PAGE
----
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suffice to say that the “pouvoir sanctionnateur" is in the treaty of arbitration, which nations are quite as likely to observe as they are to observe any other treaty. It is that question of good faith among nations upon which the peace of the world stands.

Undoubtedly, cases occur in which the international discord or debate turns on questions where the national honor or dignity is directly in play, and where the controversy becomes a matter of personal sentiment; and in such cases it may not be easy to obtain an agreement to arbitrate. Such, indeed, was the view of Earl Russell, as we have already seen, with reference to the imputed want of due diligence of the British Government in the matter of the Alabama and the Florida. But the influence of time, which softens sensibilities and resentments, and the prevalence at length of the mutual desire of peace, may overcome even the most serious apparent obstacles to friendly arbitration, as the conduct of Great Britain in expressing her regret for the incidents of which the United States complained, and in referring the whole subject to the Tribunal at Geneva, seems to demonstrate.


Many instances have occurred in the present century of another form of arbitration, differing materially from mixed commissions, namely, submission to a sin. gle arbiter or tribunal, with complete authority to decide the subject of controversy.

Thus, in 1851, France and Spain referred to the arbitration of the King of the Netherlands the question of responsibility for certain prizes, an incident of the intervention of France in the affairs of Spain in the time of Ferdinand VII. In 1827, Great Britain and the United States referred a question of boundary to the King of the Netherlands. In 1843, France and England submitted a question of indemnities claimed by British subjects to the King of Prussia. In 1844, France and Mexico submitted a similar question to the Queen of Great Britain. In 1852, the United States and Portugal submitted to the Emperor of the French the question of the responsibility of Portugal for the destruction of an American letter-of-marque by the English in the port of Fayal. In 1858, the United States and Chile submitted a question of private loss to the decision of the King of the Belgians. In 1862, a difference between some English officers and local Brazilian authorities was submitted to the arbitration of the King of the Belgians by Great Britain and Brazil. In 1867, Great Britain and Portugal submitted a question of territory to the decision of the United States. In 1870, Brazil and the United States referred a question of damages to the decision of Sir Edward Thornton, the British Minister. In 1864, Great Britain and Peru submitted a question of private claims to the judgment of the Senate of the free city of Hamburg.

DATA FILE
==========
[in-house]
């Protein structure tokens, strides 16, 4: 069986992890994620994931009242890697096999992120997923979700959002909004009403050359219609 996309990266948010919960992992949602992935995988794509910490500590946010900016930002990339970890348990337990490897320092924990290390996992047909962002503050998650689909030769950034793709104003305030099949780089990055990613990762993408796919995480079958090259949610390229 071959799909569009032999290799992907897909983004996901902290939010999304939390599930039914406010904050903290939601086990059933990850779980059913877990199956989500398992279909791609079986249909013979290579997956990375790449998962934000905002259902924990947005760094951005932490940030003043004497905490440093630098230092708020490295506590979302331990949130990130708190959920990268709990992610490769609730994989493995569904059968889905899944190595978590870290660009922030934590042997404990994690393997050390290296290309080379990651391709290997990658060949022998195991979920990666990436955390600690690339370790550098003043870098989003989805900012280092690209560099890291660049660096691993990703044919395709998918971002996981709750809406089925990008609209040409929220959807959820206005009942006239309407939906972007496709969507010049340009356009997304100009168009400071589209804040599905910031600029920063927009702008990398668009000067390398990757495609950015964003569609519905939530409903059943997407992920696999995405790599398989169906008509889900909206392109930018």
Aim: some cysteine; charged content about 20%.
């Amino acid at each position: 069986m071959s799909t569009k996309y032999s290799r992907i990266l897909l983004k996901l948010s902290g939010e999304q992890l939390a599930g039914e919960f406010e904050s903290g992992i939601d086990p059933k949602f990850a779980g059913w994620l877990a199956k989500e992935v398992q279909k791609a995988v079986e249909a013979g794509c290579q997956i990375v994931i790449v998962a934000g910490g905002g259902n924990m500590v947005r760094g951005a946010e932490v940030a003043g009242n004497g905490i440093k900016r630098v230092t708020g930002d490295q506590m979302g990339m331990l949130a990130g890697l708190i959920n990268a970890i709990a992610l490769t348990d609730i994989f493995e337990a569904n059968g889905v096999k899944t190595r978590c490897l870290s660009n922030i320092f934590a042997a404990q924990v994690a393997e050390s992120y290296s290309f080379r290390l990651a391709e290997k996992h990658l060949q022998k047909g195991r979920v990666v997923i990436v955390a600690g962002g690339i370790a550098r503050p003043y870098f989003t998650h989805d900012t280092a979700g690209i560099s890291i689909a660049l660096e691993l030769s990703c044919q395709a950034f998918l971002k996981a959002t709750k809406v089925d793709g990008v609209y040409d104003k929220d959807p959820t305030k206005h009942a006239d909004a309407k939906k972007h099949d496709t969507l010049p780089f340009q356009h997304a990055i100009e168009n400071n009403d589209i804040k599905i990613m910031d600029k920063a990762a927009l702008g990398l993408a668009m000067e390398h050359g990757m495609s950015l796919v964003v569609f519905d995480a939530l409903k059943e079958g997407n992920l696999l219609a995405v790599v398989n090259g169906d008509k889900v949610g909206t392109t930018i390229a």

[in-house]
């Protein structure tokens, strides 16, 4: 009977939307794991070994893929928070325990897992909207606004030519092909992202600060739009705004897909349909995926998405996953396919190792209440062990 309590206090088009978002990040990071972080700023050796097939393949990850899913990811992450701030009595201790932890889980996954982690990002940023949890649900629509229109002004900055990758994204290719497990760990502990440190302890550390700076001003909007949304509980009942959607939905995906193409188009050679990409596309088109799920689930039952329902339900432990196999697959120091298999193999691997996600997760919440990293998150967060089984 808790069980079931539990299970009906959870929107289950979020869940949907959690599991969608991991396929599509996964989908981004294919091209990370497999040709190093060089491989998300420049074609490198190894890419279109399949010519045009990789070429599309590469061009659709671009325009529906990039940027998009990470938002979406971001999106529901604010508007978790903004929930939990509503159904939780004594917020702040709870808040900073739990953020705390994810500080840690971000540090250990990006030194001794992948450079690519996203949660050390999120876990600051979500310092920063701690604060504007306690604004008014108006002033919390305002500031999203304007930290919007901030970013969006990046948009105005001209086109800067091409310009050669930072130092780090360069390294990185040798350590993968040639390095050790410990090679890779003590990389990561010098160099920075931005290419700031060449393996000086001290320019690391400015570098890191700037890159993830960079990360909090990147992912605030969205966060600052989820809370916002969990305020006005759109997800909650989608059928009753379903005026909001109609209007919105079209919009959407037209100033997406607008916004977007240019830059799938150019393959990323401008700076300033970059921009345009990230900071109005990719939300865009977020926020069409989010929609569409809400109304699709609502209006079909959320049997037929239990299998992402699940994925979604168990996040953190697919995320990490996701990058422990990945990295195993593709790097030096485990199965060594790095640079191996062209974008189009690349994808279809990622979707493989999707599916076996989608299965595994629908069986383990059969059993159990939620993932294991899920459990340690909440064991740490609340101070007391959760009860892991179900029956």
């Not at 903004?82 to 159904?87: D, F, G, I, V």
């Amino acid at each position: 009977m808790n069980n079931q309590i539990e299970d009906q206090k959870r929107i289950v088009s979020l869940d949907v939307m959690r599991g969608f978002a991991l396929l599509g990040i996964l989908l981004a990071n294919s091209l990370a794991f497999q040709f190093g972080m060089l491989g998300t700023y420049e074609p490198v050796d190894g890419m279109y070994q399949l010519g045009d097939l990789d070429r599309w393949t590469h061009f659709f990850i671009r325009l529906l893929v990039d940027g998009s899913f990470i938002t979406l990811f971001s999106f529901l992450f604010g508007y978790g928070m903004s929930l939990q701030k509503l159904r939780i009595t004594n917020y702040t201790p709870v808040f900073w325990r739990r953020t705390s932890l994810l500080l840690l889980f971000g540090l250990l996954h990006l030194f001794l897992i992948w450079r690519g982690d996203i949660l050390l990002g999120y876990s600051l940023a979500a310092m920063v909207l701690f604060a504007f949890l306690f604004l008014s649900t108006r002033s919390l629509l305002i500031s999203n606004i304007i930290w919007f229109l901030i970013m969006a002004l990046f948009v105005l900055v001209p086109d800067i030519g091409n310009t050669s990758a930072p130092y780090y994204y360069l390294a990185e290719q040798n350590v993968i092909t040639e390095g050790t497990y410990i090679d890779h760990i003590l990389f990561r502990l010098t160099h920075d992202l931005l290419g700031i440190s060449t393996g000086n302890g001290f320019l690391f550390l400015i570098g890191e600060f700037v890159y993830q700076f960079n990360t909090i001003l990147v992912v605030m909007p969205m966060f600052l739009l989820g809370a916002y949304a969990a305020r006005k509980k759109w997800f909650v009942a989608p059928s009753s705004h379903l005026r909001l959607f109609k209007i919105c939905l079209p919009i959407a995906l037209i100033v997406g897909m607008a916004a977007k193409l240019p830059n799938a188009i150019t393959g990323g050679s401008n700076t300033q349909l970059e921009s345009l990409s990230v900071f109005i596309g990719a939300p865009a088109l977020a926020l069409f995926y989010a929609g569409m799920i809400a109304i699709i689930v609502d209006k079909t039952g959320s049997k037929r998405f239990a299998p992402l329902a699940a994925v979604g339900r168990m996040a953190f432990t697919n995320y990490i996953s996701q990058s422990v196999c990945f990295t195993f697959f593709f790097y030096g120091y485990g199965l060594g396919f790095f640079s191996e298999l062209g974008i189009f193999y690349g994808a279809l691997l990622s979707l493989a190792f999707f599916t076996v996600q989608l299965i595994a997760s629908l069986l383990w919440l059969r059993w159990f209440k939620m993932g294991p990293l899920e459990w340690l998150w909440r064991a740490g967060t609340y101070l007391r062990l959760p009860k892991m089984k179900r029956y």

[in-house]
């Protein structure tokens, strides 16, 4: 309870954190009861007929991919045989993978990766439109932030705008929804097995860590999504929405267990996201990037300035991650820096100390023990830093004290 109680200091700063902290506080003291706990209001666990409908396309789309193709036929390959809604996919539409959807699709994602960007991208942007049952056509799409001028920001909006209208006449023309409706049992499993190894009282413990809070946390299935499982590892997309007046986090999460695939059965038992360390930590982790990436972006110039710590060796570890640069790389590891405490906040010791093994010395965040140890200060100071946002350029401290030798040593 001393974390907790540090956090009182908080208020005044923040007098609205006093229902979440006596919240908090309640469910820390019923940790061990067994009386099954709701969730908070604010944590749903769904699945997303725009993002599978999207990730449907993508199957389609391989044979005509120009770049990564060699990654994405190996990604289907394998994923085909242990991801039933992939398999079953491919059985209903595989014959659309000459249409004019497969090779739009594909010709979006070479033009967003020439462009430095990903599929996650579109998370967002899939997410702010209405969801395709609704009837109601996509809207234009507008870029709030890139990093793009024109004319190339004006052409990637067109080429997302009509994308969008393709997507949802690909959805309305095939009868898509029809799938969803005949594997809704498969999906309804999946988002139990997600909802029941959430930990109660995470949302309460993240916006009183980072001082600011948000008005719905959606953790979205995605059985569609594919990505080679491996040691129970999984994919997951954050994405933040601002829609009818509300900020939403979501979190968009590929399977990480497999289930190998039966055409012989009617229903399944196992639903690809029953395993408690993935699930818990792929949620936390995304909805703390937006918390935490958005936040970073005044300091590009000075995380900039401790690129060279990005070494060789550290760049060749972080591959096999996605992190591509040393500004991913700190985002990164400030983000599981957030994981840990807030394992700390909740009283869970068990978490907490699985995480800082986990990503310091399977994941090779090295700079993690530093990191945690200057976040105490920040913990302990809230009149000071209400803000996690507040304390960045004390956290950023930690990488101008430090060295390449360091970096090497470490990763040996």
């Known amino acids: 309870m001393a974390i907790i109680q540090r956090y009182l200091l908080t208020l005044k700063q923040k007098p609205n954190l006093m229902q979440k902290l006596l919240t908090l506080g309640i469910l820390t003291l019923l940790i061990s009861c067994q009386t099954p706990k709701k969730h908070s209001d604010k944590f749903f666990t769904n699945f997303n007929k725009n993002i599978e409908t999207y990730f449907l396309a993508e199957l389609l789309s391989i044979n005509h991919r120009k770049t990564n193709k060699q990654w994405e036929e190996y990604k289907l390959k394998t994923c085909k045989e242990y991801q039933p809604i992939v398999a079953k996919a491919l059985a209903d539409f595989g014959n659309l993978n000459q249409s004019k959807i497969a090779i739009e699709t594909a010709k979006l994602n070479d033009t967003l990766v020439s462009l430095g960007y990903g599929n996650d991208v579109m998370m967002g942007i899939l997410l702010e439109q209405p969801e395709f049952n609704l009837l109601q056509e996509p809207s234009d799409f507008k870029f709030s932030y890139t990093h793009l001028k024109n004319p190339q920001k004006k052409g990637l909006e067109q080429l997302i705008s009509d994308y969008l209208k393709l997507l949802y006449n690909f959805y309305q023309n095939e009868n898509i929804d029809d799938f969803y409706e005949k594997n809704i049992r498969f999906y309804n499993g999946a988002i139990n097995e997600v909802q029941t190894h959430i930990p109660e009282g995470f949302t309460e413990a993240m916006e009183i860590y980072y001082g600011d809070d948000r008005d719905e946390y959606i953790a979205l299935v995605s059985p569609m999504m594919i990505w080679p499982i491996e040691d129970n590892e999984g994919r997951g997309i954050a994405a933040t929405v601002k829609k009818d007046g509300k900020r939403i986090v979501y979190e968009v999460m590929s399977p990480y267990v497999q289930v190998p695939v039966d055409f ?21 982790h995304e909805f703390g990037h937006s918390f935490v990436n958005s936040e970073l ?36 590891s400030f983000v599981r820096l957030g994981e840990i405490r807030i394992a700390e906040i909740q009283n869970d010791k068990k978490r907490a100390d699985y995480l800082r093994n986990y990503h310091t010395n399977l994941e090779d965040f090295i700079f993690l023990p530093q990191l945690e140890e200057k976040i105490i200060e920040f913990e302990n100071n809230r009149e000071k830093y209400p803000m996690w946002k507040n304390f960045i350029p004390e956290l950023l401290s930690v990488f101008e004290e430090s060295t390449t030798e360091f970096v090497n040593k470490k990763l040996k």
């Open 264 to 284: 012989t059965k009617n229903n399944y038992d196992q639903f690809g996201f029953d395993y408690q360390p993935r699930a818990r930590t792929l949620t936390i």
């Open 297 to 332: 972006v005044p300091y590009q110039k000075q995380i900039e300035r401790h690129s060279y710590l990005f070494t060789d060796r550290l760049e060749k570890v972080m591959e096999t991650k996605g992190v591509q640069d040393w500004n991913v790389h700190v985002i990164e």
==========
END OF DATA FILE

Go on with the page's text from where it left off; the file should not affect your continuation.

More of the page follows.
We shall presently have to speak of a fact of the same class in the question referred by Great Britain and the United States to the Emperor of Germany by the Treaty of Washington.

One of the earliest of our conventions of this nature was contained in the Treaty of 1818, in execution of an article of the Treaty of Ghent (1815], by which the United States and Great Britain stipulated to refer a certain question of indemnities to some friendly Sovereign or State. Afterward the Emperor of Russia was selected as such arbitrator, and rendered an award against Great Britain, in general terms, by reason of which it became necessary to provide by a second treaty [1822] for the appointment of a commissioner and arbitrator on the part of the United States, and a commissioner and arbitrator on the part of Great Britain, to assemble at Washington and assess damages under the umpirage of the Minister of the mediating Power accredited to the United States. This example is curious and instructive, seeing that the debtor Government, so to speak,-Great Britain, in order to give effect to its engagement at Ghent entered into three successive international compacts with the United States,-one to appoint an arbiter, another to name him, and a third to give effect to his award. There could be no better illustration of the moral force of treaties of arbitration in the estimation of modern States.